Foreign individuals, governments and organizations that have imposed sanctions on China for issues relating to Hong Kong, Xinjiang, Taiwan, COVID-19 and maritime affairs could face retaliatory measures under a new law passed by Beijing, the official Xinhua News Agency said.
The anti-sanctions law, passed on Thursday by the standing committee of the National People’s Congress, would allow the country to counteract foreign countries and organizations that had used these issues as an excuse to sanction China, Xinhua said on Friday, citing an unnamed senior member of the rubber-stamp legislature.
Such foreign sanctions amounted to “bullying” of China and interference in its internal affairs as they were based on political manipulation and bias, the lawmaker was quoted as saying.
Government departments at different levels were empowered by the tit-for-tat law to use existing laws and regulations to sanction foreign individuals and entities, such as the export control law, the regulation on unreliable entities and a blocking statute, the standing committee member said.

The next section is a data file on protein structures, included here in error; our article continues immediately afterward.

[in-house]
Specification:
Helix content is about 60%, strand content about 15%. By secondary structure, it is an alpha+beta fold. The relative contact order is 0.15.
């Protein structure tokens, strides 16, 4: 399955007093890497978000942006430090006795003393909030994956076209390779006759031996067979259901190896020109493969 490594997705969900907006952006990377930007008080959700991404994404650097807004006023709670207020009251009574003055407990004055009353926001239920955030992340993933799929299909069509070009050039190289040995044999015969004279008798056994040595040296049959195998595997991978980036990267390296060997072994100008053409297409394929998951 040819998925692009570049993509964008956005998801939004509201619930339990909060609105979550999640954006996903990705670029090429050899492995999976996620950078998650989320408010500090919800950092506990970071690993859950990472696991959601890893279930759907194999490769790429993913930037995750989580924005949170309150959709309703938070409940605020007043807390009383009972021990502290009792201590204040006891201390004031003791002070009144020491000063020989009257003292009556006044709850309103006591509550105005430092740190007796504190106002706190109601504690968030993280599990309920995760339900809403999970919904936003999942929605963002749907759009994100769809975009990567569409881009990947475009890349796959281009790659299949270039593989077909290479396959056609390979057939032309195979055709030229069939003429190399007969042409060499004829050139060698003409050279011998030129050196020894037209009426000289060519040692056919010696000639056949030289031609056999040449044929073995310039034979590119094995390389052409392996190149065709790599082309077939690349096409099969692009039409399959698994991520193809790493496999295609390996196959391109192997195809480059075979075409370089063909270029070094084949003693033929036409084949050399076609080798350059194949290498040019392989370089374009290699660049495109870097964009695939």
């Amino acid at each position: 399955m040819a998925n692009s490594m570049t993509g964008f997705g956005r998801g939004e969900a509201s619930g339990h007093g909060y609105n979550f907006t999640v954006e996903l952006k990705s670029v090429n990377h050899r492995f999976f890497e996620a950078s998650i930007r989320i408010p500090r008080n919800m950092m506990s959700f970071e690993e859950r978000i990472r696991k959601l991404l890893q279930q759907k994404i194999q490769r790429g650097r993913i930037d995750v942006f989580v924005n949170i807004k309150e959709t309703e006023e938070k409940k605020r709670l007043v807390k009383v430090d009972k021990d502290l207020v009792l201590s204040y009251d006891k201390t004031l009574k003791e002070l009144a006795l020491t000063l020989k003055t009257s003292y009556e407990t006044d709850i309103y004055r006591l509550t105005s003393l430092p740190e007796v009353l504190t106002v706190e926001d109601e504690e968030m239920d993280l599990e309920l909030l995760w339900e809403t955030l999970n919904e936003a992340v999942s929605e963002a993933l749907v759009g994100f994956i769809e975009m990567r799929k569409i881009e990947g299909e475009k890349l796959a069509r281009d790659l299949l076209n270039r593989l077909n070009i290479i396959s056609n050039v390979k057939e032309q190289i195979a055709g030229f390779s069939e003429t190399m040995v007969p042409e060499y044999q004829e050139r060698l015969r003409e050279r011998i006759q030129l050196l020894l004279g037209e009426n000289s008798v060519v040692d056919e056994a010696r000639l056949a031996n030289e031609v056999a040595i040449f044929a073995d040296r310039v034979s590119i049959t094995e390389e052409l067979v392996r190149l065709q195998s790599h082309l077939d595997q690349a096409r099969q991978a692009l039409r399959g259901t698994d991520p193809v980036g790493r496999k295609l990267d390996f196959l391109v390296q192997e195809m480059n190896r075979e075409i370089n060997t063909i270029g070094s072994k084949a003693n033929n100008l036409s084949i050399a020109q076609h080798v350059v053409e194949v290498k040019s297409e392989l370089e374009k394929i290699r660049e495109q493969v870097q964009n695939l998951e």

The lawmaker also said the new law would not undermine China’s attractiveness for foreign investors.
Yet some foreign business operators have expressed concern over the new law. The European Union Chamber of Commerce in China said the legislation was not conducive to attracting foreign investment or reassuring companies that increasingly feel that they would be used as sacrificial pawns in a game of political chess.
The new law comes after the US, EU, Britain and Canada sanctioned Chinese officials over human rights infringements in Xinjiang.
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